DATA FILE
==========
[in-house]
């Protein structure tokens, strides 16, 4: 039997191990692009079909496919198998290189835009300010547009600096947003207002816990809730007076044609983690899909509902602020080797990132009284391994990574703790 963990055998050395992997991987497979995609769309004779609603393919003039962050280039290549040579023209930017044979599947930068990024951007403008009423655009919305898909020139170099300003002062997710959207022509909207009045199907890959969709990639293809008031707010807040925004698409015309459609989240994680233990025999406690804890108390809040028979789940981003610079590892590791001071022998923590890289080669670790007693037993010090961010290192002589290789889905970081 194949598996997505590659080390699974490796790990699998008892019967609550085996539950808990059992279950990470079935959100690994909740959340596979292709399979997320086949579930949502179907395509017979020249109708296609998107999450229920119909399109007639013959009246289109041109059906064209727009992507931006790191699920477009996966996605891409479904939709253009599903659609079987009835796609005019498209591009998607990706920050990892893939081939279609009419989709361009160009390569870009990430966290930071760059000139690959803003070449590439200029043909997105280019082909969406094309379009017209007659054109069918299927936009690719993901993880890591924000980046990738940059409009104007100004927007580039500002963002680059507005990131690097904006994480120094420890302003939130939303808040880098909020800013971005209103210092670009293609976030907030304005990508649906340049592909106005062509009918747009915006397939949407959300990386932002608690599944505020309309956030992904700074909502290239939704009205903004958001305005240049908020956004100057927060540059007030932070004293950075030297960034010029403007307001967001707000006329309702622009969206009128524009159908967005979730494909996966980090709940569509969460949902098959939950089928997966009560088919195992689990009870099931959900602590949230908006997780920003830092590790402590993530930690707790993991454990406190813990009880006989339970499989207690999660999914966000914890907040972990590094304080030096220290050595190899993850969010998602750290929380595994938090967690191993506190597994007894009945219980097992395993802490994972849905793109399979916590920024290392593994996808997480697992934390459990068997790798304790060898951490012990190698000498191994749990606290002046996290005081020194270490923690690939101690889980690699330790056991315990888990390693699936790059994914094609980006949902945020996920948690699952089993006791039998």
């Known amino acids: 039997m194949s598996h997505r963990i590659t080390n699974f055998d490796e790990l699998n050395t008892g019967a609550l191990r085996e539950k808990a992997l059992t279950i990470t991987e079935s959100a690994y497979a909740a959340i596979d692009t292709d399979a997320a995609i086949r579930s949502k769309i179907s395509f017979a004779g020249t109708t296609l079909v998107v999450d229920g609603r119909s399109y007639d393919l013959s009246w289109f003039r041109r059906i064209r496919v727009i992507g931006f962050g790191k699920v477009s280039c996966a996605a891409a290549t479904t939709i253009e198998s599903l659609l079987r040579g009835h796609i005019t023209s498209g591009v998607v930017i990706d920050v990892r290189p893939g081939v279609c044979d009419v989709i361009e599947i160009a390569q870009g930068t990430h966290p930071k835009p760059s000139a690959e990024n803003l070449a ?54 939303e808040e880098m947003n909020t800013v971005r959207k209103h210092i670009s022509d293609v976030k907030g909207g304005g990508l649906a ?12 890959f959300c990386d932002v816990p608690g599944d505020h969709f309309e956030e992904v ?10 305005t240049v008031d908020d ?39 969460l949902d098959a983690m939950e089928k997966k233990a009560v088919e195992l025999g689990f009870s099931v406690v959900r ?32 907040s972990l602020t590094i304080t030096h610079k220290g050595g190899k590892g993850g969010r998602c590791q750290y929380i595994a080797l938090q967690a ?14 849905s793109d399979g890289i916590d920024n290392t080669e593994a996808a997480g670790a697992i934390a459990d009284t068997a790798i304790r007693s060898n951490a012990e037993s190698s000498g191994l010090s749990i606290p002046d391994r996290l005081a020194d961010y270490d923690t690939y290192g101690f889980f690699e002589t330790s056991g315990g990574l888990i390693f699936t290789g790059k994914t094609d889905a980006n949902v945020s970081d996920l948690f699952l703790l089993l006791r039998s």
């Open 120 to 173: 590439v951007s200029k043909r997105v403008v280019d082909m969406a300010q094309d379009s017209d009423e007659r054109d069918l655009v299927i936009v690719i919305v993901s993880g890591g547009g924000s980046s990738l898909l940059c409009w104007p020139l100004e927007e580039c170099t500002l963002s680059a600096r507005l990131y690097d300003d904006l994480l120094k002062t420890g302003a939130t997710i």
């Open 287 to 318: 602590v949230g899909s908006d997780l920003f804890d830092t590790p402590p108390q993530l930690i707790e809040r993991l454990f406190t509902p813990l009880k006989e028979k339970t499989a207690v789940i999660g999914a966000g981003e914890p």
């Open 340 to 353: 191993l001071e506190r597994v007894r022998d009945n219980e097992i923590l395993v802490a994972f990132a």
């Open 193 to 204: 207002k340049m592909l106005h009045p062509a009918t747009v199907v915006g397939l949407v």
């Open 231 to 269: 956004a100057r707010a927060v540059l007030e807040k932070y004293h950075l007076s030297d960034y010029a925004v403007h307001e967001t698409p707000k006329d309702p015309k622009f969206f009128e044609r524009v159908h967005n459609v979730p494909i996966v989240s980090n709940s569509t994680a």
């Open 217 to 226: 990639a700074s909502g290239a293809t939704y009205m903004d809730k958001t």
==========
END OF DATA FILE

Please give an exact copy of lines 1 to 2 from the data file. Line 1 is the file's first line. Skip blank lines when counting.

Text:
[in-house]
């Protein structure tokens, strides 16, 4: 039997191990692009079909496919198998290189835009300010547009600096947003207002816990809730007076044609983690899909509902602020080797990132009284391994990574703790 963990055998050395992997991987497979995609769309004779609603393919003039962050280039290549040579023209930017044979599947930068990024951007403008009423655009919305898909020139170099300003002062997710959207022509909207009045199907890959969709990639293809008031707010807040925004698409015309459609989240994680233990025999406690804890108390809040028979789940981003610079590892590791001071022998923590890289080669670790007693037993010090961010290192002589290789889905970081 194949598996997505590659080390699974490796790990699998008892019967609550085996539950808990059992279950990470079935959100690994909740959340596979292709399979997320086949579930949502179907395509017979020249109708296609998107999450229920119909399109007639013959009246289109041109059906064209727009992507931006790191699920477009996966996605891409479904939709253009599903659609079987009835796609005019498209591009998607990706920050990892893939081939279609009419989709361009160009390569870009990430966290930071760059000139690959803003070449590439200029043909997105280019082909969406094309379009017209007659054109069918299927936009690719993901993880890591924000980046990738940059409009104007100004927007580039500002963002680059507005990131690097904006994480120094420890302003939130939303808040880098909020800013971005209103210092670009293609976030907030304005990508649906340049592909106005062509009918747009915006397939949407959300990386932002608690599944505020309309956030992904700074909502290239939704009205903004958001305005240049908020956004100057927060540059007030932070004293950075030297960034010029403007307001967001707000006329309702622009969206009128524009159908967005979730494909996966980090709940569509969460949902098959939950089928997966009560088919195992689990009870099931959900602590949230908006997780920003830092590790402590993530930690707790993991454990406190813990009880006989339970499989207690999660999914966000914890907040972990590094304080030096220290050595190899993850969010998602750290929380595994938090967690191993506190597994007894009945219980097992395993802490994972849905793109399979916590920024290392593994996808997480697992934390459990068997790798304790060898951490012990190698000498191994749990606290002046996290005081020194270490923690690939101690889980690699330790056991315990888990390693699936790059994914094609980006949902945020996920948690699952089993006791039998």